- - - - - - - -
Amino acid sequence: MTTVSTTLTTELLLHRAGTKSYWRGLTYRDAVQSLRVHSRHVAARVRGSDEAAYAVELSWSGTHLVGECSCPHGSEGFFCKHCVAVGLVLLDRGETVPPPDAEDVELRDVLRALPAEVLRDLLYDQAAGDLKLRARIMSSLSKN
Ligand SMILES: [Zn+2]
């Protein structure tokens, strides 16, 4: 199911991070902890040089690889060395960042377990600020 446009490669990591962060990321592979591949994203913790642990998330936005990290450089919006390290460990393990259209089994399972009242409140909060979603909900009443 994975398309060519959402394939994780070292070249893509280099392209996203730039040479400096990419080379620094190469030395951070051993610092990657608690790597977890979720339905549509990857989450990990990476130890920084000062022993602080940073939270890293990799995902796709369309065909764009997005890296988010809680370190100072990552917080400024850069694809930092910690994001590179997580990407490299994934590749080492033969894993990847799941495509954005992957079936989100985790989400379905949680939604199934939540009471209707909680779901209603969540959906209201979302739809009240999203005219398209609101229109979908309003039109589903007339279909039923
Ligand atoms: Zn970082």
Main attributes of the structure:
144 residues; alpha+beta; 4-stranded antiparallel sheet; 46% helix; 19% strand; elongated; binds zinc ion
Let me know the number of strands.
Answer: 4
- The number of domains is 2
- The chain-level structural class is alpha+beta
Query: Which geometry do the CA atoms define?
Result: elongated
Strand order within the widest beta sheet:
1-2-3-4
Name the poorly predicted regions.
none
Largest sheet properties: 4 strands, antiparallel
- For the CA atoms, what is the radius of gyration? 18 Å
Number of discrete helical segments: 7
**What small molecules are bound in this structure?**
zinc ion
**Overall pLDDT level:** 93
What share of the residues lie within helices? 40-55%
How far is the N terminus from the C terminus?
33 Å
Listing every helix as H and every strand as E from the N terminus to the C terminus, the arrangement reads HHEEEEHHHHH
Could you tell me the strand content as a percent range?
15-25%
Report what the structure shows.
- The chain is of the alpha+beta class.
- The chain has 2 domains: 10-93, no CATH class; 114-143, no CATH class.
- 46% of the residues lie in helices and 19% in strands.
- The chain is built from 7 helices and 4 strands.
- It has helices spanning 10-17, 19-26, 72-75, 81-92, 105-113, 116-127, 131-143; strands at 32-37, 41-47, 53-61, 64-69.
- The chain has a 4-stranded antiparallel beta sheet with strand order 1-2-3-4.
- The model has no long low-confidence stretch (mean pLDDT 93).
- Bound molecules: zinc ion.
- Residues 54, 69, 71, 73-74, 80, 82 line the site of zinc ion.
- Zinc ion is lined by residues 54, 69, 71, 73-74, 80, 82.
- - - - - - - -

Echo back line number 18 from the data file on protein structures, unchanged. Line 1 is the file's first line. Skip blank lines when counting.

- For the CA atoms, what is the radius of gyration? 18 Å